Management and Prevention of Papillomaviruses Infection
Although they are a cosmetic nuisance in most cases, warts are notoriously difficult to treat. The treatments which could be used include cryotherapy with liquid nitrogen, podophyllin (an antimitotic agent), lasers (for mucosal lesions such as CIN), electrodiathermy, and surgery. Interferon has been used successfully to treat recurrent laryngeal warts and CIN. However, the cost of the treatment may prove to be prohibitive. Precancerous CIN-2 and CIN-3 lesions should be treated by lasers, electrodiathermy, or surgery. In the case of immunocompromised patients with intractable warts, improvement is often seen. There are mass screening programs for CIN and cervical cancers in a number of countries.
Being one of the most common cancers in women, a vaccine against HPV types associated with cervical cancers would be desirable and a lot of research has been carried out in this area. To date, there are two licensed vaccines available: Gardasil and Cervarix. They are made of VLP (virus-like particles) from the major capsid protein L1 of HPV strains. Cervarix contains L1 proteins of the cancer-associated strains HPV 16 and 18, which are associated with 70% of cervical cancers. Besides HPV 16 and 18, Gardasil contains HPV 6 and 11 which are associated with 90% of genital warts. The vaccines are designed to elicit the production of virus-neutralising antibodies and prevent the initial infection by those strains. The vaccines have been shown to offer 100 percent protection against the development of precancertous cervical cancer lesions and genital warts caused by the HPV types in the vaccine, with little or no side effects. The protective effects of the vaccine are expected to last a minimum of 4.5 years after the initial vaccination.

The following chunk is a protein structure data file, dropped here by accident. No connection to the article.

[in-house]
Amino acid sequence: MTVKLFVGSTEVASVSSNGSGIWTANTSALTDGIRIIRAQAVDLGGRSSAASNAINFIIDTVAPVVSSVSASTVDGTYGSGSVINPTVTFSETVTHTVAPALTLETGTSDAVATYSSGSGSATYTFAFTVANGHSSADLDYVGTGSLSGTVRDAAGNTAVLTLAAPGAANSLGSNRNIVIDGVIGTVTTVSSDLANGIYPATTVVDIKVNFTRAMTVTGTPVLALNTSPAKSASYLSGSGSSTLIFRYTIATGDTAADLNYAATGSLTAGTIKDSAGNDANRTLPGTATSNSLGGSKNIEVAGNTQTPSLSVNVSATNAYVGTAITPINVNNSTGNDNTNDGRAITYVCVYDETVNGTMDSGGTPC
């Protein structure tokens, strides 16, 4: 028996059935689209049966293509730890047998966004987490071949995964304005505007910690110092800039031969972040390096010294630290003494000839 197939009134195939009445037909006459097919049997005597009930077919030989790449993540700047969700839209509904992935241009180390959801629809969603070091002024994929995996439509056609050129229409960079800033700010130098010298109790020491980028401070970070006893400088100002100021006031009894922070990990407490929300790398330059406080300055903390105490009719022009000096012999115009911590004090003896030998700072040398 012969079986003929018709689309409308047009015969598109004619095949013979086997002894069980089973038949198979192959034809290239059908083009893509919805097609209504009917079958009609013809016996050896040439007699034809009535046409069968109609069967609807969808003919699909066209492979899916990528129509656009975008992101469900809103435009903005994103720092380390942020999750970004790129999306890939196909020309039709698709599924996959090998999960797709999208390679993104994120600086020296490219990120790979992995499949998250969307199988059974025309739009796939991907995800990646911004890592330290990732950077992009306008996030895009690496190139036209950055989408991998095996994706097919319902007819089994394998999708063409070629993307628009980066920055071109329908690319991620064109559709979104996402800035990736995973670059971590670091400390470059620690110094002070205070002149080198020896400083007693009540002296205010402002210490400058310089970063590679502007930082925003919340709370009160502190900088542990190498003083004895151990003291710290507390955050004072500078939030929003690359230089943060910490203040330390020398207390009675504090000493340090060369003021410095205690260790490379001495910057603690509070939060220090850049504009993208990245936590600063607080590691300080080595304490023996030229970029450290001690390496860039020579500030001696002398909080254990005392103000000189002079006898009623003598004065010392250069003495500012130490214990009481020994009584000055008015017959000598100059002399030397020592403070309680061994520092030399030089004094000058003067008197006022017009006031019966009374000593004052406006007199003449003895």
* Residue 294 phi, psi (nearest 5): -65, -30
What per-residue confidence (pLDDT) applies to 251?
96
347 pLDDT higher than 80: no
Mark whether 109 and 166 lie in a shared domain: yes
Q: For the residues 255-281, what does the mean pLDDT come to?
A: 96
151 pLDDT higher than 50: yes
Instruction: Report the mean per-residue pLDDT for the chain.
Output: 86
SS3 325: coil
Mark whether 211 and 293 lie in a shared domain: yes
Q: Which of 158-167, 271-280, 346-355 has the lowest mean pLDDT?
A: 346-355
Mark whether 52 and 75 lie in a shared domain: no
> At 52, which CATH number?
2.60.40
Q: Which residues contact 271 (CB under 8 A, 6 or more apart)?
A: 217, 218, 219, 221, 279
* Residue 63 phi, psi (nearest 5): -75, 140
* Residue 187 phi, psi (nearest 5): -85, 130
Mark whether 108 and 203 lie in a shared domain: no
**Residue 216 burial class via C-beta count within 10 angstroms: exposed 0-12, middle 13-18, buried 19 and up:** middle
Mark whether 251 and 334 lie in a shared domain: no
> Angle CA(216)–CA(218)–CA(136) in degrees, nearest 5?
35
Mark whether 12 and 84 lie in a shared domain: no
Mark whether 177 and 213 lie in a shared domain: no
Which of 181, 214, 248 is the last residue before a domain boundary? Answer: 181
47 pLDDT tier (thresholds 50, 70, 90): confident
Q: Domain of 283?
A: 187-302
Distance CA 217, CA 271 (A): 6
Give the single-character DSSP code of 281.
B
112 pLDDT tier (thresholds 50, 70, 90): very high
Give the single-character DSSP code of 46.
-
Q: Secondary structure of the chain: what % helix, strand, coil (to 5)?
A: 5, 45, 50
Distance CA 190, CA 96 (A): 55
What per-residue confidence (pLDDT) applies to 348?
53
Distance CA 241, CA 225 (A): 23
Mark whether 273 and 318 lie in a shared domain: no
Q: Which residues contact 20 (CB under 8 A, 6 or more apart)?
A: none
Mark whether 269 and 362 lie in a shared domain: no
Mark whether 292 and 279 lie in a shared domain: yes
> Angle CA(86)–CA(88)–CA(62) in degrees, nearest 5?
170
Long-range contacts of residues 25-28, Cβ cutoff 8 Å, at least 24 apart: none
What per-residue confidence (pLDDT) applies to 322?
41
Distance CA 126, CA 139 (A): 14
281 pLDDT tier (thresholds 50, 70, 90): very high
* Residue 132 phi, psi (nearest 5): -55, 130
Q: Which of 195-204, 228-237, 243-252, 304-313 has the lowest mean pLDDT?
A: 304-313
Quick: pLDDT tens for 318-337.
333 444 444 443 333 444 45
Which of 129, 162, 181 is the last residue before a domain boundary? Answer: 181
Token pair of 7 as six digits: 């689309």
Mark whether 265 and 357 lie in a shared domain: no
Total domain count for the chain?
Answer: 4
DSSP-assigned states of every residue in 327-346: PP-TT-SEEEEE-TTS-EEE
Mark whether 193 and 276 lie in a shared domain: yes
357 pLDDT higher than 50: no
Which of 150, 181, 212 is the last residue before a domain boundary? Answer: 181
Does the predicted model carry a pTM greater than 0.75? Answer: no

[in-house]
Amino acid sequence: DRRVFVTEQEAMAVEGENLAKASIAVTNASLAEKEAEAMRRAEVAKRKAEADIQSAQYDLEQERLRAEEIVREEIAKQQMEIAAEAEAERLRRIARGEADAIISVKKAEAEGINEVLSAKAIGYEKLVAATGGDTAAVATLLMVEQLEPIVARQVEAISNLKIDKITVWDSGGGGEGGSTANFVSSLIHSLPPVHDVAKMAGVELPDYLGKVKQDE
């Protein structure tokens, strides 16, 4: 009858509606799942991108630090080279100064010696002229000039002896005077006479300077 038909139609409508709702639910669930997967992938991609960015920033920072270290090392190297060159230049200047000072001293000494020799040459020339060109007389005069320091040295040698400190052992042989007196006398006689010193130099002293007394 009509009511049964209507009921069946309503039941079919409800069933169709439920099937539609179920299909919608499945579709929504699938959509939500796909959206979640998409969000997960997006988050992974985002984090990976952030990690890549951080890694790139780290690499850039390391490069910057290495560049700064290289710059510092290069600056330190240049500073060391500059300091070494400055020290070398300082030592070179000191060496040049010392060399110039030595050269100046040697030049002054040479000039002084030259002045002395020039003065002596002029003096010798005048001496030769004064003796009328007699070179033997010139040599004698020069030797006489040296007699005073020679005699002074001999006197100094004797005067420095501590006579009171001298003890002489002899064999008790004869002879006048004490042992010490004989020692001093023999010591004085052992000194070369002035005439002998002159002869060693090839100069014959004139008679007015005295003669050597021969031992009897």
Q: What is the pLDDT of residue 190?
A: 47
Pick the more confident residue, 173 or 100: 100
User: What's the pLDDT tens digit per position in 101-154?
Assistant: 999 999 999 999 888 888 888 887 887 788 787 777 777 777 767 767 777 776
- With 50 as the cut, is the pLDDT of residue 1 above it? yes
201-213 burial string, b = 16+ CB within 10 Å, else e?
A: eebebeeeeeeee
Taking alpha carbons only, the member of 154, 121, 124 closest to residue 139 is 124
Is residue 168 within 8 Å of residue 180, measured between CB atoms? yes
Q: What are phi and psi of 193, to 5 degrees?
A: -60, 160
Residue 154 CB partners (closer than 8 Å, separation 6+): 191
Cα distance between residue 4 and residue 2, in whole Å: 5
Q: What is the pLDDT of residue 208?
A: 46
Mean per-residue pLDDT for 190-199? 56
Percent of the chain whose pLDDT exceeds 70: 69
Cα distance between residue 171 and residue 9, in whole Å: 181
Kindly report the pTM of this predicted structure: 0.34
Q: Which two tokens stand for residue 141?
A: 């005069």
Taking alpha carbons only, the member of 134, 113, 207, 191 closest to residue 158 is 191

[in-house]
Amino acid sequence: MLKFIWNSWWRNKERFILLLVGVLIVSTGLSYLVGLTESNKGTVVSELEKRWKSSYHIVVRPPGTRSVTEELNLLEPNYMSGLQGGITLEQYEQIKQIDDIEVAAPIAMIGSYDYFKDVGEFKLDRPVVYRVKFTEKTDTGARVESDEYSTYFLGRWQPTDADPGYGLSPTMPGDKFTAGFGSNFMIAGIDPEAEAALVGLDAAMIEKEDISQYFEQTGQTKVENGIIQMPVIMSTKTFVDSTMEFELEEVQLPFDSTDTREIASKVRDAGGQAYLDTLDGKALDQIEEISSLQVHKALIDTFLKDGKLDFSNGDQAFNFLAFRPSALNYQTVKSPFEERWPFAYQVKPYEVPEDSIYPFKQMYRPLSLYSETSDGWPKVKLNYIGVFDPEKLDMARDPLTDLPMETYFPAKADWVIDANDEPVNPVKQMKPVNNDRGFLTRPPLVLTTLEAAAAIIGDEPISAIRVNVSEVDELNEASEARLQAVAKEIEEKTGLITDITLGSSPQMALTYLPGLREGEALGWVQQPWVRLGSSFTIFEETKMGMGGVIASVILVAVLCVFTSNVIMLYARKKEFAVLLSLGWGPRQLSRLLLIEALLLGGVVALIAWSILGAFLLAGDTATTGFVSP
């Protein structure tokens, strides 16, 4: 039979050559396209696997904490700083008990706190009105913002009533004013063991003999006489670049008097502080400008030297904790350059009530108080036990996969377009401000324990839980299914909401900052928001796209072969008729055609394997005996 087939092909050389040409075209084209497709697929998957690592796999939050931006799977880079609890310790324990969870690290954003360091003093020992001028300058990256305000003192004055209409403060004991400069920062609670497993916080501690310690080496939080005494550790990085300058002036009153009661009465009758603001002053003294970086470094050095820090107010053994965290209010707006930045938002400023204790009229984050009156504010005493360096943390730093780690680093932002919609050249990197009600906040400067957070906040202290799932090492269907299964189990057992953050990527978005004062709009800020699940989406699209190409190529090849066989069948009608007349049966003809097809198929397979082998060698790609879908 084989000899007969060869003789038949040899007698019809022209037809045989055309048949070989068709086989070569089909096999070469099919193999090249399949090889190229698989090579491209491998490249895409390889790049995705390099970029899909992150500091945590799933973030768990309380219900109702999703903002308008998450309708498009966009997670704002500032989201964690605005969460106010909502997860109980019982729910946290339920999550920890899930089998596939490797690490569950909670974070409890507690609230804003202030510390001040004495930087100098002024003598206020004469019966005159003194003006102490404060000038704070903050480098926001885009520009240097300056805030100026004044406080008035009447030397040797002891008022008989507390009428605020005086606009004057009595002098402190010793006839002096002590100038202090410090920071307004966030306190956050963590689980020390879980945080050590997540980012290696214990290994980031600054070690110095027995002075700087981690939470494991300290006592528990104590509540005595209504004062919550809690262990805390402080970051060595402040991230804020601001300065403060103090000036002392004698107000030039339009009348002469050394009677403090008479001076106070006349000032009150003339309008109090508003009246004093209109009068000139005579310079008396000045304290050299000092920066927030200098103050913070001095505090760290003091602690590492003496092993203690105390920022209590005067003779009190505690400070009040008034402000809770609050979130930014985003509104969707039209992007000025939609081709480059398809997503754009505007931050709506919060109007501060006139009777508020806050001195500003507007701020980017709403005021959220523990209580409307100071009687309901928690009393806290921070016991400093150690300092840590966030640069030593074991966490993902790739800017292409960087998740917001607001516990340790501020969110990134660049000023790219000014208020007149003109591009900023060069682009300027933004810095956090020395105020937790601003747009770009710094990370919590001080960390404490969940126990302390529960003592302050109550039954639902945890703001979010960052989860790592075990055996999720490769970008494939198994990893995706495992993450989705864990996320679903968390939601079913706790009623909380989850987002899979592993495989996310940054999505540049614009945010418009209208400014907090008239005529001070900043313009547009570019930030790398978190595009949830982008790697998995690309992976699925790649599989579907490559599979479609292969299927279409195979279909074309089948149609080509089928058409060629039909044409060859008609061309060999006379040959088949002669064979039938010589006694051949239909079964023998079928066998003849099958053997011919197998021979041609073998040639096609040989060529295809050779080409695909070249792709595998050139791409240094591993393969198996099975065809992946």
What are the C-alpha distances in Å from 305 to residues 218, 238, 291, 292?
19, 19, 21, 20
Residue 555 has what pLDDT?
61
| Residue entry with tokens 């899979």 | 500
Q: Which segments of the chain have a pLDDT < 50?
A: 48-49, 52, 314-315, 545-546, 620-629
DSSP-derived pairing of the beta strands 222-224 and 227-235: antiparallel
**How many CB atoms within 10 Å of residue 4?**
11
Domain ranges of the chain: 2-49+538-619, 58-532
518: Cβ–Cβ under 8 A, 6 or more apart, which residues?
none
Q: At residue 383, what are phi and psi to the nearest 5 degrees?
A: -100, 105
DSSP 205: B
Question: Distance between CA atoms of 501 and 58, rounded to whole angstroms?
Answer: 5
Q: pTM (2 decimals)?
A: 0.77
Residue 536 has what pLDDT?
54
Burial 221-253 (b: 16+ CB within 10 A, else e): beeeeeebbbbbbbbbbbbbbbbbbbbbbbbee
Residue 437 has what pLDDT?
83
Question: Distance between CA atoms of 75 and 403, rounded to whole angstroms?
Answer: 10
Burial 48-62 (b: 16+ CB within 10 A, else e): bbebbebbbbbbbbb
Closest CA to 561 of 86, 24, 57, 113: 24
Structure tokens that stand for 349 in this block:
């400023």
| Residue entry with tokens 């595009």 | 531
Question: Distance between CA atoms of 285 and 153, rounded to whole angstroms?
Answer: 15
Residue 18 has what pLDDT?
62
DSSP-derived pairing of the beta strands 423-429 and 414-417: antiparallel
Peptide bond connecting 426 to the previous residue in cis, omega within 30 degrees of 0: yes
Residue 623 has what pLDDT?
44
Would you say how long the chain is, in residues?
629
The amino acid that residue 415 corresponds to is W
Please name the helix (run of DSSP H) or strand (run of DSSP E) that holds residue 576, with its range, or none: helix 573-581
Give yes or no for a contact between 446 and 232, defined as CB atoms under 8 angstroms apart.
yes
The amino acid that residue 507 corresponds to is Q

The target group for vaccination are women between 9 to 25 years of age who have not contracted HPV. Although HPV 6 and 11 do not cause cervical cancers, they cause genital warts that may result in considerable pain and discomfort. It is thought the inclusion of HPV 6 and 11 would make the vaccine more attractive, particularly to men who are not at risk of cervical carcinoma. Because of the high cost-benefit that may result from the prevention of cervical carcinoma, there are ongoing studies and proposals that aim make HPV vaccination available to schoolgirls in a a number of countries including the US, Canada, and Australia.